Midwest Digital Marketing Conference: Leadership Lounge Show with Perry Drake and Brianna Smith

Estimated reading time: 3 minute(s)

Now in its seventh year, with more than 2000 attendees, 80 sessions, 100 speakers, and four keynotes, plus panels, a startup competition, nine workshops, and a student career fair over the span of three packed days, this year the Midwest Digital Marketing Conference also hosted the EQ Leadership Lounge.

The brains behind MDMC, Perry Drake and Brianna Smith, discuss the conference with Nick Niehaus from Connect Marketing, in EQ’s Leadership Lounge at #MDMC19. This comfortable haven for connecting, conversing, and recording media interviews was sponsored by okapi and set up by EQ STL for EQ Leadership Labs, the full day conference held in partnership with MDMC on Monday before MDMC kicked off its day of workshops on Tuesday.

Perry Drake, Professor of Digital and Social Media Marketing and Communications at UMSL, and creator of MDMC, and Brianna Smith, Adjunct Professor at UMSL and Executive Conference Director of MDMC, took a few minutes out of their last day of conference preparation to chat with Nick Niehaus of Connect Marketing in the EQ Leadership Lounge.

Built Upon Social Media

In the discussion, Drake explained that when he started MDMC — as a half-day summit on the UMSL campus — he didn’t really know what he was getting into. As a professor at NYU for 14 years, his primary objective was simply to bring some of the contacts and resources he’d had in New York to his students at UMSL. The first event had no advertising but attracted about 425 attendees who found the opportunity through the power of social media.

Brianna Smith joined the project after her fast typing and concise summaries in live-tweeting one of the conferences brought her to Drake’s attention. She eventually came on as Executive Director for MDMC.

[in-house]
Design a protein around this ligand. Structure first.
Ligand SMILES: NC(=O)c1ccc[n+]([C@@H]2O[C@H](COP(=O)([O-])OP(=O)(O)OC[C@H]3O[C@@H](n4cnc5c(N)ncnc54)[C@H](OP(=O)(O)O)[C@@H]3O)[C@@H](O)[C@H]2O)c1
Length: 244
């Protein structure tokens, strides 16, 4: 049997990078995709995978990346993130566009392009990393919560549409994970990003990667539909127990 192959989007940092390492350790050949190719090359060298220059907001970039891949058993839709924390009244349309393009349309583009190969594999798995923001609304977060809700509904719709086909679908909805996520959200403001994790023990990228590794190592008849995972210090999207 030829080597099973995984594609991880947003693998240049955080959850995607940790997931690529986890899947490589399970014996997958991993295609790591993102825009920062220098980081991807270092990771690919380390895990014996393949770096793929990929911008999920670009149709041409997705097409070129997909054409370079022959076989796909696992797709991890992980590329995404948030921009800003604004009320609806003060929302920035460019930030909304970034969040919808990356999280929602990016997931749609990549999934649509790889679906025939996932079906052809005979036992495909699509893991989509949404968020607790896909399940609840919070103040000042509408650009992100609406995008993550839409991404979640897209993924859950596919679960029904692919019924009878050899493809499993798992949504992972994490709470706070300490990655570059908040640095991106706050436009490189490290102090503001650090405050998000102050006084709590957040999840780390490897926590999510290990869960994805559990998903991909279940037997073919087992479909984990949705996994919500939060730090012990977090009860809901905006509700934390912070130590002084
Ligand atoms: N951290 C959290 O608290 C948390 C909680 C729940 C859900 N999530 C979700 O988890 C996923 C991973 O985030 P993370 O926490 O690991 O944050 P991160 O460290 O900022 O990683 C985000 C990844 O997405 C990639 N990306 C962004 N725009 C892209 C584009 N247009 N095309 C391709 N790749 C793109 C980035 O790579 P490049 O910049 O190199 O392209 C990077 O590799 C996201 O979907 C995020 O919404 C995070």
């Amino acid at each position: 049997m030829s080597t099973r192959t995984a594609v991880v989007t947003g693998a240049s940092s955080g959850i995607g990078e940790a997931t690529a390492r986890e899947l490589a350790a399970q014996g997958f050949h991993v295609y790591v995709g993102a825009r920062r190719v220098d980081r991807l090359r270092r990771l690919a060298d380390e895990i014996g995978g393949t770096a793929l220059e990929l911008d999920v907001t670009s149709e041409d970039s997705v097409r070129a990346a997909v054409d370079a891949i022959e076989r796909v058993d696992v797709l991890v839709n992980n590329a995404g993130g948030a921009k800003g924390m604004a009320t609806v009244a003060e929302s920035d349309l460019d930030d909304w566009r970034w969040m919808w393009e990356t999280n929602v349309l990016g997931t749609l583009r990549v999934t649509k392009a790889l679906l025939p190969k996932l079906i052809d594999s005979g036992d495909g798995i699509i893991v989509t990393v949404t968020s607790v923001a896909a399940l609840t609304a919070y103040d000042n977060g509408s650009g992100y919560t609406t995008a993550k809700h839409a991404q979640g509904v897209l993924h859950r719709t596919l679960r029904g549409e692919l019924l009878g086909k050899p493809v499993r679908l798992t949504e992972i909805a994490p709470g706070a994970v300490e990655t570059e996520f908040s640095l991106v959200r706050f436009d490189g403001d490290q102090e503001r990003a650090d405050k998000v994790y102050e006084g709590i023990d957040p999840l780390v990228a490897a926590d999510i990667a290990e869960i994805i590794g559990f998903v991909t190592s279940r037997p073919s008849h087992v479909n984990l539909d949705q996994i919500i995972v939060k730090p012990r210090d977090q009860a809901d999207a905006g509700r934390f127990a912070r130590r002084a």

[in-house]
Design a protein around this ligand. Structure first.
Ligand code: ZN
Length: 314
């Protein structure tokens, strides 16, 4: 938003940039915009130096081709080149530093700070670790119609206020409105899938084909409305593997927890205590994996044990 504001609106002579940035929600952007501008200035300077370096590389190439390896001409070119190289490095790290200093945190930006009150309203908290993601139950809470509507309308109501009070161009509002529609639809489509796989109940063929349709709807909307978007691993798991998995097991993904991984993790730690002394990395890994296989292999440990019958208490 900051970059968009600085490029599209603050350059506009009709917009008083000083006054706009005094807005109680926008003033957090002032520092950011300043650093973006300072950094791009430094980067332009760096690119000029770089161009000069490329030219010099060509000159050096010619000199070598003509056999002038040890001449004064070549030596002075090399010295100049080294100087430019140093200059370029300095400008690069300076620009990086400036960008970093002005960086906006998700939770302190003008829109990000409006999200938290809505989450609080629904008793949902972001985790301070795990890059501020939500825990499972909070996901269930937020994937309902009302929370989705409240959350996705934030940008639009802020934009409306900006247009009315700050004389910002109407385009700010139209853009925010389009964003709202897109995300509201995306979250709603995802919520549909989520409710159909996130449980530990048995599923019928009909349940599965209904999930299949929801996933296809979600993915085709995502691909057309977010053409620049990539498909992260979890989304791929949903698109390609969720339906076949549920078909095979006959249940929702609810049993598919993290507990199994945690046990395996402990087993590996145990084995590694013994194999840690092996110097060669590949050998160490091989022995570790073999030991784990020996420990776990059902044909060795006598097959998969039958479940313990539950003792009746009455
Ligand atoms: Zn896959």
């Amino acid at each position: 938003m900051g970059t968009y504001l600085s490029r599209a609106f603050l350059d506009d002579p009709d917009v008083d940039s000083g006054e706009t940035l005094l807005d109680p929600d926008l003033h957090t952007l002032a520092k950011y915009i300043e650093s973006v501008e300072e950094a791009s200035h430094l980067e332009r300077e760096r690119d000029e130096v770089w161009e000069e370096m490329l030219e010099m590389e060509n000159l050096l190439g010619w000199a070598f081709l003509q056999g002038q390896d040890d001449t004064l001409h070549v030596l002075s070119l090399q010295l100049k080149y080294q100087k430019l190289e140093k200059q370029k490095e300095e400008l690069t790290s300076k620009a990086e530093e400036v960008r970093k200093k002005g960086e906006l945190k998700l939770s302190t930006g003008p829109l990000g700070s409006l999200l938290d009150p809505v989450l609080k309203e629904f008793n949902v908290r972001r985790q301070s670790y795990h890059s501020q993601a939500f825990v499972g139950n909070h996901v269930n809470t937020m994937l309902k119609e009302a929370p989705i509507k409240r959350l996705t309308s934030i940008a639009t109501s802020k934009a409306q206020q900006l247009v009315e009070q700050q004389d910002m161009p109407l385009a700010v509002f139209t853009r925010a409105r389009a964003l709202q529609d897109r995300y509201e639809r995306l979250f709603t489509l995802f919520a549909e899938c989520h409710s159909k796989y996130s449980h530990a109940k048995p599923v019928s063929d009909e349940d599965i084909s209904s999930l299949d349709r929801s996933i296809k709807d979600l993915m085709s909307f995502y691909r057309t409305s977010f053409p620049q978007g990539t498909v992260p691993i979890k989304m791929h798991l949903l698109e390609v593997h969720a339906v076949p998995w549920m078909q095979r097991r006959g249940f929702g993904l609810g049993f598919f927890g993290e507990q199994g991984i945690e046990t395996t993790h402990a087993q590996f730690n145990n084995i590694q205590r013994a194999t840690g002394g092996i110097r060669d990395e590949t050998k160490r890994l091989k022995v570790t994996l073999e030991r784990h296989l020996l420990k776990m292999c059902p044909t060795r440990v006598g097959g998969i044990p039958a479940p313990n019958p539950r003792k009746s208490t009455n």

Smith says that the conference is not intended to be a student conference, but they view their students as future professionals and work to ensure that student video, podcasting, blogging, and social media teams play a large role in promoting and producing the conference.

Some of the trends of requested sessions and sold out workshops indicate that content is one of the hottest topics, while newer areas of focus for the conference are AI, messenger and bots, and how marketers need to deal with data as compliance regulations begin to change the face of digital marketing.

Deep Rooted Philosophy Of Collaboration

As Niehaus points out, at the center of the keynote speech from Tim Sanders for EQ Leadership Labs was the importance of collaboration. And the collaboration that MDMC offered to EQ, in adding the EQ Leadership Labs as a kick-off conference for MDMC, is a great example of what Sanders spoke about.

When asked about how that decision was made Drake says, “I think it’s just our philosophy. We’re rooted in education and we want to do anything we can to highlight St. Louis, the St. Louis community, the vibe of St. Louis which has a very good entrepreneurial spirit, and we’re always looking for opportunities to partner up and do even better than what we are as community.”

Smith added that she thinks the partnership comes from something that is “ingrained in the MDMC culture.”

Philosophy Of Inclusion

Asked about the pricing structure for the event, Drake comes back to the academic focus and their larger mission. “We want to be inclusive, we want to be approachable, affordable to all so that anyone who wants to can come whether you’re unemployed, a student, a small business owner, or a CEO.”

Smith commented that many of the professional conferences she attends range from $700 – $1,000 a ticket, whereas MDMC is devoted to making sure that the knowledge and resources they offer are accessible to everyone. She points out that even larger companies often have to “pick and choose” which team members will attend a large conference because the ticket prices and travel costs are prohibitive and she sees the benefit of a team attending a conference such as MDMC as a group.

Proceeds from the event go back to the students at UMSL in the form of scholarships, programming support, and technical equipment.